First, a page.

Star Trek gets into NFTs

A rendering of a spaceship resembling the Starship EnterpriseSample Star Trek NFT (attribution)
Star Trek announced the creation of "Star Trek Continuum", a part of Paramount's new NFT platform. They state that the project is "accessible to everyone [with $250 to throw around] and allows another expression of fandom [by giving us their money]". The press release attempts to drum up FOMO by writing, "there will never be more of these designs created and the minting window will only be open for 24 hours"—however, it also talks about how this is "Season 0" and the platform will be used for "future seasons of Star Trek™ NFTs."

Ubisoft abandons Tom Clancy's Ghost Recon Breakpoint after shoehorning NFTs into it

A monochrome, dark grey helmet modelUbisoft "Wolf Enhanced Helmet A" NFT (attribution)
Ubisoft announced in December that they would be incorporating NFTs in to their Tom Clancy's Ghost Recon Breakpoint title, much to the chagrin of its players and some employees as well. On April 5, Ubisoft announced that they would no longer be releasing updates to the game, nor would they be minting any additional NFTs.

Although the Formula 1 blockchain game that shut down earlier this month made halfhearted promises to allow NFT holders to swap their NFTs for ones used in a different game, Ubisoft has made no such promises.

Another $1 million lawsuit is filed against OpenSea for stolen apes

An illustration of a red-furred ape wearing a captain's hat, grimacing with half-lidded eyes, and wearing a dress shirt and maroon vest with an ascotBored Ape #8858 (attribution)
A third "stolen ape" lawsuit was filed against OpenSea, alleging that Opensea's "security vulnerability allowed an outside party to illegally enter through OpenSea’s code and access Plaintiff’s NFT wallet, in order to sell Plaintiff’s Bored Ape at a fraction of the value." Someone was able to buy the plaintiff's Bored Ape for 24.89 ETH (~$60,000)—much less than the 135 ETH (~$332,000) the plaintiff had recently listed it at. The scammer then quickly flipped the NFT for resale for 92.9 ETH (~$225,000) within an hour.

The language in the lawsuit is very similar to the stolen ape lawsuit filed February 18, which is not surprising because the plaintiffs are using some of the same lawyers. Vice interviewed one of the lawyers, and determined that the somewhat odd wording refers to the issue in which OpenSea users didn't realize their old listings of NFTs at lower prices were still active.

Worldcoin, creators of the eyeball scanning orb that promises universal basic income, encounter more difficulties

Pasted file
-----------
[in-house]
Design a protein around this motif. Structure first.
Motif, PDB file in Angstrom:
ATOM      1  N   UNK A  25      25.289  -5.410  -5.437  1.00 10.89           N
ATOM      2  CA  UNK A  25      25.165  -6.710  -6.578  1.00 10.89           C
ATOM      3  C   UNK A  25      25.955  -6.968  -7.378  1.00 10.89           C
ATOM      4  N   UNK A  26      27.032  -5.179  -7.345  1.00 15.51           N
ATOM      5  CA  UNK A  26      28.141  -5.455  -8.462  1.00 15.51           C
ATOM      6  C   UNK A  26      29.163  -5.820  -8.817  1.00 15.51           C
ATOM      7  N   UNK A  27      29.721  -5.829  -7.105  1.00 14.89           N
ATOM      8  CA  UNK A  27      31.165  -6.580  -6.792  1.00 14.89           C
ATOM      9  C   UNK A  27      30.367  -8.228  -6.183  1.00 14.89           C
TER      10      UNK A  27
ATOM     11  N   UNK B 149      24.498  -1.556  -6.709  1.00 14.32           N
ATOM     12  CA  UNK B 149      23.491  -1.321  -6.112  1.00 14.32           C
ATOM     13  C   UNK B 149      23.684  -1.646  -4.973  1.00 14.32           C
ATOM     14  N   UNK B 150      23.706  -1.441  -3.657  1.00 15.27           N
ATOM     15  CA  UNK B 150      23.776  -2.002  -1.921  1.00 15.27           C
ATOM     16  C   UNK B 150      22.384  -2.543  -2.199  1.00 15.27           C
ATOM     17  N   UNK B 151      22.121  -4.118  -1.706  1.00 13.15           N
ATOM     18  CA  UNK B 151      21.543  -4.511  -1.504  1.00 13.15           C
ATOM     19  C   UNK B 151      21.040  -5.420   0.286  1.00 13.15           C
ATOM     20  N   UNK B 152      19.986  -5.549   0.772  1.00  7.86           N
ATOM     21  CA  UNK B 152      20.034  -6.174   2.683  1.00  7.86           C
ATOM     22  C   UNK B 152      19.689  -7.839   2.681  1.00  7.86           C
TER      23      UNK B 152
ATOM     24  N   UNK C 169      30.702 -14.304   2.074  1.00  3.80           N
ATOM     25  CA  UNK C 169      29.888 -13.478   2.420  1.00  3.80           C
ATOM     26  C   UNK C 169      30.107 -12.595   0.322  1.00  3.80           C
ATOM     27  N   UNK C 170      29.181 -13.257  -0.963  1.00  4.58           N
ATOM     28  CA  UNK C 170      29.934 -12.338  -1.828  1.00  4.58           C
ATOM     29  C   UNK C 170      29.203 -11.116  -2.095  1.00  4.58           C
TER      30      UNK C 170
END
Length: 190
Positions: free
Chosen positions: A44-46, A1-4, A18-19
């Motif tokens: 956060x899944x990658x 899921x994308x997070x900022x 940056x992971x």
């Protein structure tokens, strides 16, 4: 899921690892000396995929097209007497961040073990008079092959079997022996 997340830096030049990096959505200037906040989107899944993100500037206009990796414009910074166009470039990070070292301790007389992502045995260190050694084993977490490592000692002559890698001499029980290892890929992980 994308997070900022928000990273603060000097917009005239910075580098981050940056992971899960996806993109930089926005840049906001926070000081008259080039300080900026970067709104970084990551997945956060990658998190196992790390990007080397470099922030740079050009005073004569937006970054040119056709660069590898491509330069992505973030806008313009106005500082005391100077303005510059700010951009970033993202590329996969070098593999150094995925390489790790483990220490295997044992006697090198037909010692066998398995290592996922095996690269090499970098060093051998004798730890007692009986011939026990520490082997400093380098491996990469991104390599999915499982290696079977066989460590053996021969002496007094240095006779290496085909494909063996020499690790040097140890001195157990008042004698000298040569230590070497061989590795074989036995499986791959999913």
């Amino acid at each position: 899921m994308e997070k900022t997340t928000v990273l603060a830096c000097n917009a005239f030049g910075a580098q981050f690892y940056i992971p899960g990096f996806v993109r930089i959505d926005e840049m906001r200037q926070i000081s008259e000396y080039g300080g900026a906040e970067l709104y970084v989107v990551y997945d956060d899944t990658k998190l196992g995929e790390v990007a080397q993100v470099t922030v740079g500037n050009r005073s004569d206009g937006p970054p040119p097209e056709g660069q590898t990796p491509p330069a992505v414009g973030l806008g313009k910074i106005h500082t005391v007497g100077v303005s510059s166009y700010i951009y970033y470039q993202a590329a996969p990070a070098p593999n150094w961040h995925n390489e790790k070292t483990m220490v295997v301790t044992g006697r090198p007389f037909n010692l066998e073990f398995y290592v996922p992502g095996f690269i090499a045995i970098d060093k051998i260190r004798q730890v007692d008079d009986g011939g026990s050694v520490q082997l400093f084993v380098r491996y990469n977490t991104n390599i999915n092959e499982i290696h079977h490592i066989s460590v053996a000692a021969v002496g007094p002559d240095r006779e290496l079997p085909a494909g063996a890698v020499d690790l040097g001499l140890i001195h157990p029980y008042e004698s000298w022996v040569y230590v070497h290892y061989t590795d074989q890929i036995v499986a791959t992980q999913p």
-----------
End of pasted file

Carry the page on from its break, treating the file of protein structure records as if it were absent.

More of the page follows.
A man sits staring into a gleaming silver sphereStare into the Orb (attribution)
New reporting from BuzzFeed News and MIT Technology Review described some of the issues that Worldcoin has been encountering on its mission to scan the eyeballs of the world population, in exchange for nebulous promises of crypto. Although "Orb operators" have been out and about scanning eyeballs in countries around the world, those who've agreed to be scanned have only been offered a voucher for Worldcoin tokens and a promise that they may, someday, be redeemable for $20. Meanwhile, the company appears to be flouting data privacy laws and endangering operators of these Orbs, who have encountered threats from angry uncompensated users, and some of whom have been detained by law enforcement. Those who have agreed to have their eyes scanned have accused the company of "stealing their eyes", and fear how their biometric data may be used.

Collectors spend a cumulative $26 million on gas fees alone for "VaynerSports" NFT project—3x the amount made from the NFTs

A rendering of a card with the letters "VSP" on itVaynerSports Pass NFT (attribution)
AJ Vaynerchuk, brother of prominent NFT personality Gary Vaynerchuk (aka Gary Vee), launched his VaynerSports NFT collection. The popularity of the project resulted in surging gas fees on the Ethereum chain, and a poorly-implemented contract worsened issues. Users encountered failed transactions, meaning they lost the gas fee they had spent, and also did not successfully mint an NFT. Once the mint was over, 2411 ETH ($8.2 million) had been spent on mints, and 7652 ETH ($26.4 million) had been spent on gas fees. Some users lost thousands of dollars in gas fees on failed transactions.